Lifetime-devoted culture – ‘Savior’ helps Japan and Korea avoid the shock of layoffs and job losses for Covid-19

Tram Ho

The strong outbreak of Covid-19 is devastating many economies as well as causing millions of workers around the world to lose their jobs. However, in Korea and Japan, the unemployment rate is very low. So what helped these two economies maintain employment for workers?

Văn hóa cống hiến suốt đời - Vị cứu tinh giúp Nhật Bản và Hàn Quốc tránh được cú sốc sa thải, mất việc hàng loạt vì Covid-19 - Ảnh 1.

According to Bloomberg, the mass ban and strict regulations in labor law have made businesses in South Korea and Japan “hard to touch” workers during the season, thereby keeping the unemployment rate low. low karma.

Besides, the culture of giving a lifetime to a company, considering the business as a home in Korea and Japan also contributes to the extremely low rate of job quitting. The close association between enterprises and workers makes them more resilient to fight the pandemic.

Văn hóa cống hiến suốt đời - Vị cứu tinh giúp Nhật Bản và Hàn Quốc tránh được cú sốc sa thải, mất việc hàng loạt vì Covid-19 - Ảnh 2.

Asian economies have lower unemployment rates than the world during the crisis

In February 2020, Korea’s unemployment rate even dropped to 3.3% while in Japan it remained at 2.4% despite the outbreak.

At many large corporations such as Samsung, Sony, Hyundai or Panasonic, it’s normal for employees to devote their entire lives to the business.

In fact, Korea or Japan have experienced similar things before. During the global financial crisis of 2008, both economies had a much lower unemployment rate than the US and the Eurozone.

By closely associating employees with businesses, employees are not only guaranteed life but also motivate people to join hands in building the company, helping the economy recover.

“The common culture of businesses of these countries is to do everything possible to avoid having to fire employees and everyone in the company is imbued with the idea that we are all a family in difficult times like today. Companies with such a culture can help the community better by limiting employee layoffs as well as protecting workers from hardship, “said economist Lloyd Chan of Oxford Economics.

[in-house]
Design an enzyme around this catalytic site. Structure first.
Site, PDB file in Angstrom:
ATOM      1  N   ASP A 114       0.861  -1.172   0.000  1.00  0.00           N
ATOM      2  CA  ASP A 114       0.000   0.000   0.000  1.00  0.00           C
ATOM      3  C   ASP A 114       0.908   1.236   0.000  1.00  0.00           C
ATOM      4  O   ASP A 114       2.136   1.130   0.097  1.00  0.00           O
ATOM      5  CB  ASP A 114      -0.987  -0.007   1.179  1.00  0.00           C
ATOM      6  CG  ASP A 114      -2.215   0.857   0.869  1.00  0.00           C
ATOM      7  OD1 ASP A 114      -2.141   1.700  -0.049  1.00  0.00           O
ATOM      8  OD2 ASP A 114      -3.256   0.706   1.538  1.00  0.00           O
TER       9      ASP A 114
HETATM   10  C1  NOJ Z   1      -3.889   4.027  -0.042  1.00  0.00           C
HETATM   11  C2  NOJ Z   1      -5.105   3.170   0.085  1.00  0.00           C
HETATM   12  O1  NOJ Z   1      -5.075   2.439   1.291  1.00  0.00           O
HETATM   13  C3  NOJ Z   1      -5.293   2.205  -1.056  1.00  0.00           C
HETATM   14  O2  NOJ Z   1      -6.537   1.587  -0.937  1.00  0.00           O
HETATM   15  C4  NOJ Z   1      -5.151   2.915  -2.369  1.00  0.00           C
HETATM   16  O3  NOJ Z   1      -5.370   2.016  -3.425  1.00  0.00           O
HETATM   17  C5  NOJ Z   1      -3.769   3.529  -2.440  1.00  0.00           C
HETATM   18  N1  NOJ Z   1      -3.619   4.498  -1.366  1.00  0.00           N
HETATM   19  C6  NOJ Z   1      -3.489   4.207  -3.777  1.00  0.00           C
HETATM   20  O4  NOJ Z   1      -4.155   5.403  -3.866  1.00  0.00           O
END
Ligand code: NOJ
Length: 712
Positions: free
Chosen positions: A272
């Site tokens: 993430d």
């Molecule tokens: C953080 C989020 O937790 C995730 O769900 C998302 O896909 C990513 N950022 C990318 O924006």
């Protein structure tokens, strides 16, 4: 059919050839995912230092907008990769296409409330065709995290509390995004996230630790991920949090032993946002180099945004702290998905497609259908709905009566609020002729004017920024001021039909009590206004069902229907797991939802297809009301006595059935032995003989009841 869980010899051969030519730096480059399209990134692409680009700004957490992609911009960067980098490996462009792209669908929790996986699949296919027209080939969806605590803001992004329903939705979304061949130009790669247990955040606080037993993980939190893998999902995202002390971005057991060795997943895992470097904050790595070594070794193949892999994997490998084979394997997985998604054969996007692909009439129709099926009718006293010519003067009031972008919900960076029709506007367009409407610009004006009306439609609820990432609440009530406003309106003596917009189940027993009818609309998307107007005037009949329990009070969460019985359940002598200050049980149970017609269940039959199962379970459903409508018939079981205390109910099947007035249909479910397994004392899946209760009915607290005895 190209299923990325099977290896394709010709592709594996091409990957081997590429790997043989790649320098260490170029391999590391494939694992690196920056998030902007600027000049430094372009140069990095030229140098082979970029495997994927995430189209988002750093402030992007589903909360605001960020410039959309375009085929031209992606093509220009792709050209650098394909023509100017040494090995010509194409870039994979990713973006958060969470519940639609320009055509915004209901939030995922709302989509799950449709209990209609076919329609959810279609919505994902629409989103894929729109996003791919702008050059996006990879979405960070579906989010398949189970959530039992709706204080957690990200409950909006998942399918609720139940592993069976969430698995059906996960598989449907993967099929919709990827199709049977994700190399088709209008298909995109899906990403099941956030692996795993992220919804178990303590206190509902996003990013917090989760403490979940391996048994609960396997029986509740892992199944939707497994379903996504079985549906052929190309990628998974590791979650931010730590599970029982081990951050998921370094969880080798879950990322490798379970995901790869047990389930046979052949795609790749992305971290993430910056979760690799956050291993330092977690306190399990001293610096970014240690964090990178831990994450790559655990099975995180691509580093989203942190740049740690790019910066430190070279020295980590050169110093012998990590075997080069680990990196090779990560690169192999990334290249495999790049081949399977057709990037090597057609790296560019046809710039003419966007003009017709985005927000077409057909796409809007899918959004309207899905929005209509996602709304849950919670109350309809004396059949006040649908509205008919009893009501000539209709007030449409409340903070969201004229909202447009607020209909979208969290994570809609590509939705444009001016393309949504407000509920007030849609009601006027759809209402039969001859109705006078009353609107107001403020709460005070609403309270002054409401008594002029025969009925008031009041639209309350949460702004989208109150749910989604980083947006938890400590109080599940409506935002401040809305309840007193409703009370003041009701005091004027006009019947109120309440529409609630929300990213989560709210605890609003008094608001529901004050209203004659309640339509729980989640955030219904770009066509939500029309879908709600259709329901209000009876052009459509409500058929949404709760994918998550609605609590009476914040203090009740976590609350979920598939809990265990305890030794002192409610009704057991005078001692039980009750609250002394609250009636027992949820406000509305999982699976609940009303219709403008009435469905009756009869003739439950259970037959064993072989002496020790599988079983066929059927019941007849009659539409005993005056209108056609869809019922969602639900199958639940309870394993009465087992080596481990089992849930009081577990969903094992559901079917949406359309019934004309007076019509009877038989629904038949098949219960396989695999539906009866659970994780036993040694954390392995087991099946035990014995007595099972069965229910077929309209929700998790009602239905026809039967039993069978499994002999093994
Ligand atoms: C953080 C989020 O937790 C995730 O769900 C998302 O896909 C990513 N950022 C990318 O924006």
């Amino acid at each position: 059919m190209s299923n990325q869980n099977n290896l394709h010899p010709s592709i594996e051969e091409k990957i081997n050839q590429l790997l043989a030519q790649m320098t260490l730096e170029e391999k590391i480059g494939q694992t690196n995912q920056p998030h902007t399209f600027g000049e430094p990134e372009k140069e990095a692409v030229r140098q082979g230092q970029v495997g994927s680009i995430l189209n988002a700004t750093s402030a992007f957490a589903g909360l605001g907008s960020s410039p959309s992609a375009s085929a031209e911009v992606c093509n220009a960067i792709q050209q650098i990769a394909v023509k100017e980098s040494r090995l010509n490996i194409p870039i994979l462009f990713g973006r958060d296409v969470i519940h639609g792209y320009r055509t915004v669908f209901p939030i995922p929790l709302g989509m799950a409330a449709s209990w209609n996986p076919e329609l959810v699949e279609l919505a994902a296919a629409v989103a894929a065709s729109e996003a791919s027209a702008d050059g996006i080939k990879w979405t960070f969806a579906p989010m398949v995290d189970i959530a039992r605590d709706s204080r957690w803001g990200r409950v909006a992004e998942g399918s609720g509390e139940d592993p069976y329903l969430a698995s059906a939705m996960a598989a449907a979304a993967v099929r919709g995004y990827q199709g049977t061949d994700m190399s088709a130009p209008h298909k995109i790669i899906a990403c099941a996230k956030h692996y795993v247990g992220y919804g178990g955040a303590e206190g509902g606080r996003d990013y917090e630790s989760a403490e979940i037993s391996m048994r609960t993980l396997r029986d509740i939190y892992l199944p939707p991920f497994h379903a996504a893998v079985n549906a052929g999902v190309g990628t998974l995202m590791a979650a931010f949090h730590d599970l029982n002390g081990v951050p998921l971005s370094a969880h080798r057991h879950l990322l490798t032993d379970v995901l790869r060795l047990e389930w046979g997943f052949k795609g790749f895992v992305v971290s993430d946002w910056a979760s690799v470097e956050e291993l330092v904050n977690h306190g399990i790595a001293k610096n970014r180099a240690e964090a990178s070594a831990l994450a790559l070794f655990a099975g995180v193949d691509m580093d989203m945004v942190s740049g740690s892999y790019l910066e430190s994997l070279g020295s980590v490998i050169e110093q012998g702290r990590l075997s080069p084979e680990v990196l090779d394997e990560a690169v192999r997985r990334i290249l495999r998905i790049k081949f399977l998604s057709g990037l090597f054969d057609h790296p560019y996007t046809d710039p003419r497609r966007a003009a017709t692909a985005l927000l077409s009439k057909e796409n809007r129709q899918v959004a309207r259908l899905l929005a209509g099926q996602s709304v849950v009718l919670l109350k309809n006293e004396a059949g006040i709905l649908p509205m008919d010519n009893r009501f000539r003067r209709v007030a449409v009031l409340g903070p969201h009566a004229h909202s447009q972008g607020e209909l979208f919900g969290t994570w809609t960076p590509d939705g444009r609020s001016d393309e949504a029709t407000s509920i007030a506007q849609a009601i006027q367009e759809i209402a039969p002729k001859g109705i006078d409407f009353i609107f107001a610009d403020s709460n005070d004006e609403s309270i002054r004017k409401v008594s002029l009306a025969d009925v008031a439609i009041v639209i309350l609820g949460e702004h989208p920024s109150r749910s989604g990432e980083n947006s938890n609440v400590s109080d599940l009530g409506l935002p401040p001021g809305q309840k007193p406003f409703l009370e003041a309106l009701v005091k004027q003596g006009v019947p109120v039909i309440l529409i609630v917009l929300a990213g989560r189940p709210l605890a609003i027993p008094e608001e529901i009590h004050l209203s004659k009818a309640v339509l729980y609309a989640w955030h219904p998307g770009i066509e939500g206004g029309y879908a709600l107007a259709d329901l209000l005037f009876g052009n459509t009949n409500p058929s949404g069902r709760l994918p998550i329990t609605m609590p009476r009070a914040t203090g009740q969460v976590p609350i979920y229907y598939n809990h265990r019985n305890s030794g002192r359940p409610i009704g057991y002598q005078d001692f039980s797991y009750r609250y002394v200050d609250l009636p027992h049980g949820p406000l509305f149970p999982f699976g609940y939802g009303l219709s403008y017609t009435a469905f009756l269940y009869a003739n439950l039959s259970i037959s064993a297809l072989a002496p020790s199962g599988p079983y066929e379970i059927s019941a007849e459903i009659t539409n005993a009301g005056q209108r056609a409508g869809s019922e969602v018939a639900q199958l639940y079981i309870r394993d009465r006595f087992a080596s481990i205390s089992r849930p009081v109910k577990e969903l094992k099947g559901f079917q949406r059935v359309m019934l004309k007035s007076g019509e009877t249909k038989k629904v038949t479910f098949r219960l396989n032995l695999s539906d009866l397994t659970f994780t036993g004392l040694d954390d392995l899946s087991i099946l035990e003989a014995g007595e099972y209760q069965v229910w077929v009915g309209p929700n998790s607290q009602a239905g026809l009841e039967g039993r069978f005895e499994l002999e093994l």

Even in China, workers are more secure than Europe and the US before the wave of layoffs due to the economic crisis caused by the pandemic. However, Bloomberg said that the model in China is different from South Korea or Japan when the government can intervene in many companies. In addition, many state-owned corporations are also the backbone of the economy, so the Beijing government can intervene to protect the working class.

Văn hóa cống hiến suốt đời - Vị cứu tinh giúp Nhật Bản và Hàn Quốc tránh được cú sốc sa thải, mất việc hàng loạt vì Covid-19 - Ảnh 3.

South Korea, Japan and China recovered faster than the West after the 2008 crisis

From being criticized to being worth learning in a time of crisis

In normal times, the difficult dismissal of employees is considered by many experts to affect productivity as well as job performance because it is more difficult for managers to restructure the company and use it. Disciplined forms to boost output.

Even this view has gradually been popularized in Korea and Japan as more and more young people are no longer interested in the idea of ​​giving life to businesses like the previous generation did.

In 2019, the World Economic Forum (WEF) recommended that both Korea and Japan improve their labor market mobility, thereby allowing businesses to dismiss their employees more easily.

Ironically, the very lifelong Korean and Japanese lifelong culture is now protecting workers from the economic crisis brought about by the Covis-19 epidemic.

While Japanese businesses apply many policies to help employees stick with the company, the majority of Korean corporations use the method of seniority pay (Two Tier System) to retain employees. Accordingly, new workers, part-time or inexperienced workers will receive lower salaries than former employees.

During the 2008 financial crisis, the seniority pay policy enabled corporations like Toyota to lay off temporary workers instead of loyal employees who lived and died with the company.

Before the Covid-19 crisis, the Korean labor market was strongly criticized by economic experts and investors for a lifelong dedication culture. Many jobs or positions in businesses, the government is likened to “iron rice bowl” due to ensuring the rights of seniority workers. But now, the job security for employees is being supported by governments in many countries.

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Nguồn bài viết : Genk